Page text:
The data required from each of the participants and their relatives for these analyses were: relationship to the index case, date of birth, vital status, age at interview or death, and for those who had had cancer, the site and age at diagnosis. For some individuals (2% of the cohort), one or more of the above data items were missing and could not be calculated directly from known data. In these instances, data were imputed iteratively using a variation of a previously developed protocol (for more details, see Dite et al, 2003, 2010). Those with unknown age of breast cancer (4% of breast cancers reported) were assumed to have developed the disease at age 70 or last age of follow-up or age at death (if applicable), whichever age was the youngest.

BRCA1 and BRCA2 mutation testing

Where available, information on BRCA1 and BRCA2 mutation testing was also taken into account. Mutations were protein-truncating or missense mutations classified as deleterious by the Breast Cancer Information Core (National Human Genome Research Institute, 2002). Details of testing are given elsewhere (Dite et al, 2010). BRCA1 and BRCA2 mutation testing of family members was conducted for 514 of 1857 prevalent cases (28%) identified at baseline, and for 79 of 4176 unaffected participants (2%). Sensitivity of the mutation detection technique was assumed to equal 70% and 80% for BRCA1 and BRCA2, respectively.


We have developed a set of new computer software programs written in Java, which we have named BOADICEACentre. These programs were used to format the pedigree files for BOADICEA, validate the data and to estimate missing values as required (see Appendix). BOADICEACentre was also used to automate the computing of risk estimates from BOADICEA (as the web version of BOADICEA only computes a risk estimate for one participant at a time) by automatically changing the participants, submitting pedigree files and collating the results.

Statistical analyses

For all participants, BOADICEA (University of Cambridge, Cambridge, UK) (Web program v3) was used to compute the risk of being diagnosed with invasive breast cancer during follow-up (Antoniou et al, 2004, 2008a). Follow-up began at baseline and ended at 10 years post baseline, age at death, age at first mastectomy (of any type), age at first oophorectomy (of any type) or at age 80 years, whichever came first. Australian and UK age-specific cancer incidences were used as the population reference incidences, based on the recent update of the BOADICEA model that incorporates calendar period cancer incidences up to 2010 and country-specific incidences. Risks were computed for women of Ashkenazi Jewish origin assuming BRCA1 and BRCA2 mutation prevalence for young controls (BRCA1: 1.6% and BRCA2: 1.2%; Satagopan et al, 2001; Antoniou et al, 2008a).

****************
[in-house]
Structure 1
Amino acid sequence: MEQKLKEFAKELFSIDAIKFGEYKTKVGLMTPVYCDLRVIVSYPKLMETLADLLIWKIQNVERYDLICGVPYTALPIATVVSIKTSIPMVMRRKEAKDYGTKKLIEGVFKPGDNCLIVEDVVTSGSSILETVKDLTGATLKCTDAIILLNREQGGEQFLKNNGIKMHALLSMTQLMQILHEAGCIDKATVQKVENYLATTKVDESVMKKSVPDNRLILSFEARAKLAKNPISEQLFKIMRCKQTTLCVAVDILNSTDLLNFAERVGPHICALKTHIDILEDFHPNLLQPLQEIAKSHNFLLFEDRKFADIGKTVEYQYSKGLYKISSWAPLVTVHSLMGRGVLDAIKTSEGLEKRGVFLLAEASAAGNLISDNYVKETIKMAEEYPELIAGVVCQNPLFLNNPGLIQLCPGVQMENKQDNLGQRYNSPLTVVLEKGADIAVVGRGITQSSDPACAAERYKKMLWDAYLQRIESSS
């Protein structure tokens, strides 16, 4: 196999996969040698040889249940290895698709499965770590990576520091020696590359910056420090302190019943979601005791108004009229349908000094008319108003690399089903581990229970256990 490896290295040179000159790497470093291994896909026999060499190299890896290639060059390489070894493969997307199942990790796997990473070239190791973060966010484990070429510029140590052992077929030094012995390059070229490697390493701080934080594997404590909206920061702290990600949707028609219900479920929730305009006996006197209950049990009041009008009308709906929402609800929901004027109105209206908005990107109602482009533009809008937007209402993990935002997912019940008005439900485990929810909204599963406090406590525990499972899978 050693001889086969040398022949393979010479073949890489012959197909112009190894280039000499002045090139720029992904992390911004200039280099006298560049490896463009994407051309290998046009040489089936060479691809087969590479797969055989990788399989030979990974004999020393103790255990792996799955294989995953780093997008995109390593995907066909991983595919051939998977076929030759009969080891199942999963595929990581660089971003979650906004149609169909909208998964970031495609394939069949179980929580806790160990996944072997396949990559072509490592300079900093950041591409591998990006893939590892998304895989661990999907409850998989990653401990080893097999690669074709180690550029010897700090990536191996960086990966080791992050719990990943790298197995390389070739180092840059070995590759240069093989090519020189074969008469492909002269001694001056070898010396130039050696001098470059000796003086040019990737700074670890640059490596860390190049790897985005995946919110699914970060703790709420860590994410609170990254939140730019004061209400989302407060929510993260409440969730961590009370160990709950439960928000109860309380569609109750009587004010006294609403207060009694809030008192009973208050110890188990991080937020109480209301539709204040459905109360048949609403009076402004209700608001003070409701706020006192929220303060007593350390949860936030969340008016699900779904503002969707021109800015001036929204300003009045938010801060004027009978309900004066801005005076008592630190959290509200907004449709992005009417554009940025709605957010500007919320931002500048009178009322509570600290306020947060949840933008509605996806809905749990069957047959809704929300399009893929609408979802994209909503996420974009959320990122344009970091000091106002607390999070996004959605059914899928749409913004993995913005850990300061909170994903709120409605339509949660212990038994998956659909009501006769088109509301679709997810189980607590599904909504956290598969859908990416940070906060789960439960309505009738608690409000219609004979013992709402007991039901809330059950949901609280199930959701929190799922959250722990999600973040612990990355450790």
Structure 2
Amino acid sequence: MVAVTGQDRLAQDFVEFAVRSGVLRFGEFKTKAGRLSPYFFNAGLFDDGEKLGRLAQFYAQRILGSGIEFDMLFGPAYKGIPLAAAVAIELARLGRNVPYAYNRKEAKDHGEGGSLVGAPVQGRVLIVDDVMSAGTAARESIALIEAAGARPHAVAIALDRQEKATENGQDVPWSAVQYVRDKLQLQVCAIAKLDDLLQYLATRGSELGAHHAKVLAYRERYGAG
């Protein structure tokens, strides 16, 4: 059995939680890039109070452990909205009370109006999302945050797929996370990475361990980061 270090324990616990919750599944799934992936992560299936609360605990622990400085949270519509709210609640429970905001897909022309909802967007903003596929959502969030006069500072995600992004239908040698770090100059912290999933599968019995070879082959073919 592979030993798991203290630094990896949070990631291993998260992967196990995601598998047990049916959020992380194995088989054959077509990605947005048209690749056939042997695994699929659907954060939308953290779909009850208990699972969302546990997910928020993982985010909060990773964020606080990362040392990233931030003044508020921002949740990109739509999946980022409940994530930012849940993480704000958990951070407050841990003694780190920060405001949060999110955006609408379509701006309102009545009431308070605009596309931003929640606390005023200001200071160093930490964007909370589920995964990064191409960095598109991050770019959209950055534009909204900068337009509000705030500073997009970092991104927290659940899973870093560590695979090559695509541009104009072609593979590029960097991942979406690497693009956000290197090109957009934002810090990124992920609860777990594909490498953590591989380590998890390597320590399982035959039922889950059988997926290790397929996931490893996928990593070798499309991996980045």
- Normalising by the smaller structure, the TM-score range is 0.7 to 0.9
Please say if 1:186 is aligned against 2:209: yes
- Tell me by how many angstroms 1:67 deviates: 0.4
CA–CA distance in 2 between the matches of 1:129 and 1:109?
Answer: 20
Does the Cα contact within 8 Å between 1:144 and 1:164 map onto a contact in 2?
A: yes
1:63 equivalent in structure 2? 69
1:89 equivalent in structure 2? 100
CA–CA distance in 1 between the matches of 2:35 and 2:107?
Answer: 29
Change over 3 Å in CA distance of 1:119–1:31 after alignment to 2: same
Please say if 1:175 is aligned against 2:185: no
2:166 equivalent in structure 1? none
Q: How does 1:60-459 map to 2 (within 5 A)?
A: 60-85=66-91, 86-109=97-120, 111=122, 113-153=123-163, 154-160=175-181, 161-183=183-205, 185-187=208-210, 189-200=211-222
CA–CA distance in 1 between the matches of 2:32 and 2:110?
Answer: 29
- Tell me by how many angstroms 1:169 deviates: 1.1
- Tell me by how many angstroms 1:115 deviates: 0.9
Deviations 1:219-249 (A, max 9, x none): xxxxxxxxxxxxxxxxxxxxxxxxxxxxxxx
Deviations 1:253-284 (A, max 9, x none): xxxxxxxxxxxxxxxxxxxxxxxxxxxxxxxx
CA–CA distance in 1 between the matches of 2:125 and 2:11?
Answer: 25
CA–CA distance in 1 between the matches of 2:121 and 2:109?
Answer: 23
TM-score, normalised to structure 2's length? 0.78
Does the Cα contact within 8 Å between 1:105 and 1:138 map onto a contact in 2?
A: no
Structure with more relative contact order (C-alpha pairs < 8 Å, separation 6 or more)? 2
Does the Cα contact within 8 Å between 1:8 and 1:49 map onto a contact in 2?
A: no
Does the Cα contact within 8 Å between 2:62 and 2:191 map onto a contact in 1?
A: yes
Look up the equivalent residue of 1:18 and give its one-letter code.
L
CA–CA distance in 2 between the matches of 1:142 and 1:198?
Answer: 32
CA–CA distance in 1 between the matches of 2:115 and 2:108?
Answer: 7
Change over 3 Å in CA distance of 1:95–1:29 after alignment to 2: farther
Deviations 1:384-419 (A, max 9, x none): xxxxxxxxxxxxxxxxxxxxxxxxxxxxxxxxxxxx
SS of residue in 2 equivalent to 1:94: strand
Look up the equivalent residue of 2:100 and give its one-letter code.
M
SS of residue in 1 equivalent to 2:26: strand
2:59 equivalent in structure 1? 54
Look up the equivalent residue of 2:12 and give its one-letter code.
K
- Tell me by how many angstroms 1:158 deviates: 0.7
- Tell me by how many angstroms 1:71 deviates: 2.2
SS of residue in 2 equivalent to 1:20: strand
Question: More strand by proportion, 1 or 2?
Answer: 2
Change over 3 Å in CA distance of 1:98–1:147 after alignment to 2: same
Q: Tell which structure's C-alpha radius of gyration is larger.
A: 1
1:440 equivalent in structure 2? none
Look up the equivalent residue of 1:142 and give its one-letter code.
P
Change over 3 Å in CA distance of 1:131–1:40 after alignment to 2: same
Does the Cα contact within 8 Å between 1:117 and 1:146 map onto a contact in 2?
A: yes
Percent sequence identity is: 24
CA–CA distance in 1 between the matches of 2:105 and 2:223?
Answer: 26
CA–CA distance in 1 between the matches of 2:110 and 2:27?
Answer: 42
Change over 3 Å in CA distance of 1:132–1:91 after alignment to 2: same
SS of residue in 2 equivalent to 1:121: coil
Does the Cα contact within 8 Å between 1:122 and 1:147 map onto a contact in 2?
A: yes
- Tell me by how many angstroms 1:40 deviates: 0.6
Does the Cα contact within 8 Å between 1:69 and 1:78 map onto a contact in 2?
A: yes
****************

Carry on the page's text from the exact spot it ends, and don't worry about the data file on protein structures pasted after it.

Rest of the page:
We evaluated the performance of BOADICEA by investigating multiple model properties including calibration, discrimination and accuracy at the individual level (or dispersion). Model calibration (which indicates the overall fit of the model) was evaluated by comparing the expected (E) number of cases computed from BOADICEA with the observed (O) number of breast cancer cases. To account for having multiple participants from the same family, we used a robust 95% confidence intervals (CI) for the ratio of expected to observed cases given by where

O=total observed cases, E=total expected, Oi=total observed within family i, Ei=total expected within family i. Summations are over all Nfam families.

Discrimination (which is the ability of the model to distinguish between breast cancer cases and non-cases at the individual level) was evaluated using the area under the receiver-operating characteristic (ROC) curve, ignoring participants who were censored. For this measure, 0.5 is no better than chance and 1.0 is perfect discrimination. Sensitivity and specificity were assessed using cut-points of 10-year projected risks of 2%, 3%, 4% and 5%.

The accuracy of BOADICEA (i.e., whether the predicted probabilities fit the observed breast cancer status at the individual level) was evaluated using a logistic regression analysis in which the observed breast cancer status was the dependent variable and the log-odds of BOADICEA’s predicted probability of developing breast cancer during the follow-up period was the independent variable. The null hypothesis, that the estimated regression coefficient was equal to 1 in the model without a constant term, was used to test for dispersion.

All other statistical analyses and graphs were performed using Stata 12.1 (Stata Corporation, College Station, TX, USA).


Cumulative 10-year invasive breast cancer risks were calculated for 4176 participants from 1601 families from the ABCFR, the characteristics of whom are shown in Table 1. Of these, 117 participants identified themselves as being of Ashkenazi descent, while 35 participants were known to be carriers of BRCA1 or BRCA2 mutations. Figure 1 shows the distribution of 10-year BOADICEA scores. During the 10 years of follow-up, a total of 115 incident invasive breast cancers were identified. Approximately 15% of the participants were censored before attaining 10 years of follow-up (average 5.7 years; 378 reached 80 years of age, 5 had a bilateral mastectomy, 232 had died because of causes other than breast cancer). Duration of follow-up of family members did not differ appreciably by status of the index case (average 9.2 years for case families and 9.6 years for control families).

Table 1 Descriptive characteristics of the ABCFR cohort of 4176 women unaffected with breast cancer at baseline
Figure 1
figure 1

Distribution of BOADICEA scores. The white bars denote the distribution of 10-year BOADICEA risk scores for all participants; black bars denote the distribution for participants from index control families.

The ratio of expected to observed number of breast cancers was 0.92 (95% CI 0.76–1.10; Table 2). There was some evidence that breast cancers were under-predicted for the 60–69 year age group (E/O ratio=0.71, 95% CI 0.50–1.00). The E/O ratios by subgroups of the participant’s relation to the index case and by the number of affected relatives reported ranged between 0.83 and 0.98 and all CIs included 1.00.